Surprisingly, babies born to mothers classified as anxious or depressed while pregnant dozed just as long as their unstressed-pregnancy counterparts about 12 hours.
However, this sleep was less sweet; children born to mothers who were depressed or anxious during pregnancy experienced more sleep problems. For instance, mothers classified as clinically anxious 18 weeks into pregnancy, compared to their non-anxious counterparts, were about 40 percent more likely to have an 18-month-old who refused to go to bed, woke early, and kept crawling out of bed. The childs rocky relationship with sleep often persisted until he or she was 30 months old.
A similar effect was found in children born to mothers who were depressed during pregnancy.
These prenatal mood disturbances worked as reliable predictors of childrens sleep problems even when investigators controlled data for other factors already linked with poor sleep quality in children, including a mothers level of postnatal anxiety or depression, her smoking habit, or her social class.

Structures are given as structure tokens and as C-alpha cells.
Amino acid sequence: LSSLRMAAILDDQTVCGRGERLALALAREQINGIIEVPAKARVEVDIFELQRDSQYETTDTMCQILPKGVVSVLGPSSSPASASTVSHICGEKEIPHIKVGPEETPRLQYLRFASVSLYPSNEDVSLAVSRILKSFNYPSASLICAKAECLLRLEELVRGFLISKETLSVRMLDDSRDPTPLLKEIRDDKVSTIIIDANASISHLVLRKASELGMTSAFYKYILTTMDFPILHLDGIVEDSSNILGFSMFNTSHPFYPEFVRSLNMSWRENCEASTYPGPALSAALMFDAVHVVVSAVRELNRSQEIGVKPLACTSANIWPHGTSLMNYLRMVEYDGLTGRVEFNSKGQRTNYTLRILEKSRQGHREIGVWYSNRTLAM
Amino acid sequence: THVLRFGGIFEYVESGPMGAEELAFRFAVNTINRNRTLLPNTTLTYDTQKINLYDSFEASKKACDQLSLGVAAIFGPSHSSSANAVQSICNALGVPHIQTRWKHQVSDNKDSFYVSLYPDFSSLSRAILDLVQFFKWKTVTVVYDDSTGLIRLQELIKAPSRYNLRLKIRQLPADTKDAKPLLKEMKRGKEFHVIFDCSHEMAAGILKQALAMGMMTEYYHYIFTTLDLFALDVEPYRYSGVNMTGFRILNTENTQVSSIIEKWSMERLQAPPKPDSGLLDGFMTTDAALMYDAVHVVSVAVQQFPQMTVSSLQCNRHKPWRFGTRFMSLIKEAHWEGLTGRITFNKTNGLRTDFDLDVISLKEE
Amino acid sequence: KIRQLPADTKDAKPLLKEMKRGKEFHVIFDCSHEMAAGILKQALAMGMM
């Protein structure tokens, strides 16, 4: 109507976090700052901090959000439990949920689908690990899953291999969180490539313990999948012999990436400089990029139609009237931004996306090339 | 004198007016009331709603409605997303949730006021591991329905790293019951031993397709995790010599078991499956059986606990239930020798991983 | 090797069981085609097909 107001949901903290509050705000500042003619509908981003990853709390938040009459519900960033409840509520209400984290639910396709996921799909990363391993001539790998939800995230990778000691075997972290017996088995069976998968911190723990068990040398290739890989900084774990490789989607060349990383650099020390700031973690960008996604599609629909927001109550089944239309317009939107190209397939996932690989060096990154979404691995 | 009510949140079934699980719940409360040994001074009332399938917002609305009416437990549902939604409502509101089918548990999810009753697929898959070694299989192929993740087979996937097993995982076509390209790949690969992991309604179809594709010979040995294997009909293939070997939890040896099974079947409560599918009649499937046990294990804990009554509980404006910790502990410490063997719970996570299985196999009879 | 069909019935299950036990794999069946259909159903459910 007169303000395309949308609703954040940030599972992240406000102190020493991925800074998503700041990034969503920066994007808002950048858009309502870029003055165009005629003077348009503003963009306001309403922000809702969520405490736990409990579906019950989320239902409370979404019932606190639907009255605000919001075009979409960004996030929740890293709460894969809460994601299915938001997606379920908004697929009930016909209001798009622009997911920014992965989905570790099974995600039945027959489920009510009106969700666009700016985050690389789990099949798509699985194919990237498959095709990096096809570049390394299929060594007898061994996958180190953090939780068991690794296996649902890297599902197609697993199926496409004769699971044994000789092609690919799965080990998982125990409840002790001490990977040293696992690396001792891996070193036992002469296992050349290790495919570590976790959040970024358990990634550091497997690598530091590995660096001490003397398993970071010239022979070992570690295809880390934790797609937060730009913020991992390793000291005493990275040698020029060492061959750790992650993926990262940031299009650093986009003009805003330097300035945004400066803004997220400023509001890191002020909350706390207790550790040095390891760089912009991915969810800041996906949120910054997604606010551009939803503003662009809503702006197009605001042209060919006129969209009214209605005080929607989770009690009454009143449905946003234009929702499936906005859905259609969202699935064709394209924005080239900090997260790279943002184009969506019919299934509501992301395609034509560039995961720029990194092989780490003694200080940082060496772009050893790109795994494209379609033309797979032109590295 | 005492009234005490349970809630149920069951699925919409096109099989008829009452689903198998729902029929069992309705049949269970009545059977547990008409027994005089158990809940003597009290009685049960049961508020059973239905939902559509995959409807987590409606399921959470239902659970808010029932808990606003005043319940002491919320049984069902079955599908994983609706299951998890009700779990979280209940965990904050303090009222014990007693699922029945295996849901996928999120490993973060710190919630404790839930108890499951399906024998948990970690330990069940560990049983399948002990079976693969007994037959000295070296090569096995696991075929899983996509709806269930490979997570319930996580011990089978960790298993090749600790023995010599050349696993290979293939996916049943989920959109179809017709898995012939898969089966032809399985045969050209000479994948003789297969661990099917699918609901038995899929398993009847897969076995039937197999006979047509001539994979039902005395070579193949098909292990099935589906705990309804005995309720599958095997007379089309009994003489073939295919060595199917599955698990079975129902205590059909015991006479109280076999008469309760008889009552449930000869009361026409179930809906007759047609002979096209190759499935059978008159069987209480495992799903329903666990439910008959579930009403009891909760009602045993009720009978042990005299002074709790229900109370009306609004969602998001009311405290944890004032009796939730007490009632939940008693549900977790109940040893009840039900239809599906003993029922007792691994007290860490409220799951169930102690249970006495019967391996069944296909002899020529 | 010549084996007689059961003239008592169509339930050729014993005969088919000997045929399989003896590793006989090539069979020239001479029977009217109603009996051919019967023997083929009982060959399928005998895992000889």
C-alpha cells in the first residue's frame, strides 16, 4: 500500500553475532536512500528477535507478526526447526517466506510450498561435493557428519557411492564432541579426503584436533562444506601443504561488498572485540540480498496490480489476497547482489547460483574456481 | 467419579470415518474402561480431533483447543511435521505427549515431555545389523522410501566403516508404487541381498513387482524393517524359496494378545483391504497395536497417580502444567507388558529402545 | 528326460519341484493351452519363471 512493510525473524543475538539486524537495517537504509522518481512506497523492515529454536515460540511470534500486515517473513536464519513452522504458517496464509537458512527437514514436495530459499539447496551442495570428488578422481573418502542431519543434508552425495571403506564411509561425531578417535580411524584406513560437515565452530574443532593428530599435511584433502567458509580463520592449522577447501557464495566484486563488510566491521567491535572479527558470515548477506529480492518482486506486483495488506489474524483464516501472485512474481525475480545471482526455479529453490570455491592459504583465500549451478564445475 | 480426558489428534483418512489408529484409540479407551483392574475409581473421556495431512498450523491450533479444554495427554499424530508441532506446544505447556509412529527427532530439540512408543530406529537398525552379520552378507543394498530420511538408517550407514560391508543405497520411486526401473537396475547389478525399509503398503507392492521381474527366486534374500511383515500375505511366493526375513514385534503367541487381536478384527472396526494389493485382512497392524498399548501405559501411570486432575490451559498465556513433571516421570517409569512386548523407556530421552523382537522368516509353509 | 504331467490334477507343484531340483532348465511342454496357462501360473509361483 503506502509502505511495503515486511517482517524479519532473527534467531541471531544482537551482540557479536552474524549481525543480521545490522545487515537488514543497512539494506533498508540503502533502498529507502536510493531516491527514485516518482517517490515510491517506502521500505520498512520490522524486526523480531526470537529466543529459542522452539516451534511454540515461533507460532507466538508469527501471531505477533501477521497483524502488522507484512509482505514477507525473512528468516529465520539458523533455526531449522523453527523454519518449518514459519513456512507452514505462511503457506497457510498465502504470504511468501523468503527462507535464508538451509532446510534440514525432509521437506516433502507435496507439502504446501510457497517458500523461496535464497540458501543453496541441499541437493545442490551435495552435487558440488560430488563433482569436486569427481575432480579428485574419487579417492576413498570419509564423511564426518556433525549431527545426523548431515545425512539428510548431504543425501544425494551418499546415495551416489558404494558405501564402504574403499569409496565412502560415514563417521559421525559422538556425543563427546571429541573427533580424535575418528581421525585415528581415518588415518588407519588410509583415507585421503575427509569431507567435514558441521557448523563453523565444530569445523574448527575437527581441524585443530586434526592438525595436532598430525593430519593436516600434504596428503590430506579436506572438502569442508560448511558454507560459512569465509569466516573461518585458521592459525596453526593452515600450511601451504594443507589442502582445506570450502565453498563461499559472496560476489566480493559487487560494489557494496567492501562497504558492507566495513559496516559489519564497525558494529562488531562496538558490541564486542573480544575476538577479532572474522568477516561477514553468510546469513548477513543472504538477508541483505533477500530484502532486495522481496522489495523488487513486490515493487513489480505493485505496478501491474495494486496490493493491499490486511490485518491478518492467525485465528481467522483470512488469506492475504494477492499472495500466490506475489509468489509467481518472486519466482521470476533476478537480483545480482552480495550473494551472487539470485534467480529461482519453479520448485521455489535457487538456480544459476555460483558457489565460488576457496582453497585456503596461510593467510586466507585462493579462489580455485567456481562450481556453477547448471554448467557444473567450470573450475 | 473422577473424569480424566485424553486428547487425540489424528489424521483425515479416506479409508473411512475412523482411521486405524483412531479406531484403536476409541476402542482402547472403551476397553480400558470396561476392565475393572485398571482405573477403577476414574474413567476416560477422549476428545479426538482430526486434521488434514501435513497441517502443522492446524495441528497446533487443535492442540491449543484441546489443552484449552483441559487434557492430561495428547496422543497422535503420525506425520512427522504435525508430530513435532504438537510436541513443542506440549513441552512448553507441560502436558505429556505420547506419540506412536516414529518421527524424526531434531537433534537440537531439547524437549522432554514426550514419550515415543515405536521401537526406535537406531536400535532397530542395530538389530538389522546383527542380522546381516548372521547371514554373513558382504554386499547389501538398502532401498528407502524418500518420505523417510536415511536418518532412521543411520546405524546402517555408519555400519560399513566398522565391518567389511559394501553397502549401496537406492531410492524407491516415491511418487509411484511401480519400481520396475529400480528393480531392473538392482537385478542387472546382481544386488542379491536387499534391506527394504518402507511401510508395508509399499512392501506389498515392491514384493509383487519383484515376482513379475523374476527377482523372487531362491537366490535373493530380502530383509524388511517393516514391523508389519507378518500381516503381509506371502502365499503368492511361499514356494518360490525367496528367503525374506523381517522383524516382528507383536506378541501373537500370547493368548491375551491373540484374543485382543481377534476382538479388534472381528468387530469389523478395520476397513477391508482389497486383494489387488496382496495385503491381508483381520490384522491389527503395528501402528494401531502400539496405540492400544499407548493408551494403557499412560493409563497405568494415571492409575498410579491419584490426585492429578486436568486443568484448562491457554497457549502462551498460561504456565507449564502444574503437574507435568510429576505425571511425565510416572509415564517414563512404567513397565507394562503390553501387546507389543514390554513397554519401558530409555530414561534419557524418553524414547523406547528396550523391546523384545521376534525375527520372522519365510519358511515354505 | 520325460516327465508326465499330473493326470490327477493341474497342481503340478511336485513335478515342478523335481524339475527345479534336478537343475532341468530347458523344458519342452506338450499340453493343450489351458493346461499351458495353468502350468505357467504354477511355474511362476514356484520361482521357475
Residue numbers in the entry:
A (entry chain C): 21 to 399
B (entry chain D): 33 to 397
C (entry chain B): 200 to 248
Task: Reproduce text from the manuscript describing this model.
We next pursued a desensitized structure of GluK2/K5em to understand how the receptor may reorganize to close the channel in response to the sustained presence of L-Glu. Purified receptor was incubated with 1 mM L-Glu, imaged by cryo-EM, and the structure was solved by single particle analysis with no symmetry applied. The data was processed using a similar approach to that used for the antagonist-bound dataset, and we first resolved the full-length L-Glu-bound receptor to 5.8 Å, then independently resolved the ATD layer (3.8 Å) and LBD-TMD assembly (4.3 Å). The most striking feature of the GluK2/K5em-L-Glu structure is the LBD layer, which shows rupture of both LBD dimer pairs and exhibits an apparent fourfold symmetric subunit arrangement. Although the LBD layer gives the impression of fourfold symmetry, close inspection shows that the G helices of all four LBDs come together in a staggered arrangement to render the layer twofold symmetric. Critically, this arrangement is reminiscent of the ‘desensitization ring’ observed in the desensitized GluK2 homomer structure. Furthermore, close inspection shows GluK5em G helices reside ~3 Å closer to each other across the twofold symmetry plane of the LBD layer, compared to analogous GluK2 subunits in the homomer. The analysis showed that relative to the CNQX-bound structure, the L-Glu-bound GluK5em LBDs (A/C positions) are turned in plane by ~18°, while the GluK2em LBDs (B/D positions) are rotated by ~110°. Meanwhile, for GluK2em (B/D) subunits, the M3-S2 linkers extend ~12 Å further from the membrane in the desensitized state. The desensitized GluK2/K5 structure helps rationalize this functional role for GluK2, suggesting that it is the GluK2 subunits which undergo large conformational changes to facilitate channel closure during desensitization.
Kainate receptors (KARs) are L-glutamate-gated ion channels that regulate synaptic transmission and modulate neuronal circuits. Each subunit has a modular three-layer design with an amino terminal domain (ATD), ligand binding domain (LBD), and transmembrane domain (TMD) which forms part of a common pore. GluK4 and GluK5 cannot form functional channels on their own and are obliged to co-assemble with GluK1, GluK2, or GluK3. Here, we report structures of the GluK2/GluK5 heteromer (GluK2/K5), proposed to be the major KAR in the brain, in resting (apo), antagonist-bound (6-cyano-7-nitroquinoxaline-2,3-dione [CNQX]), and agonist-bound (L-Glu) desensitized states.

This problematic sleep is notable; it may be part of the reason why mood-disturbed pregnancies are linked to childrens behavioral disorders, like depression, hyperactivity and anxiety, later on down the road, OConnor said. It remains to be seen if the sleep problems we witnessed may play an active, causal role in priming the path for these childrens emotional and cognitive problems in later life, or if both conditions merely fall out of the same stressful pregnancies.
Related studies now show that stress, which is associated with increased exposure stress hormones, like cortisol, may disrupt a childs formation of a bundle of nerve cells in the brain called the suprachiasmatic nucleus which act as a signaling system that tunes the bodys internal clock. This signaling system helps to properly regulate daily rhythms of w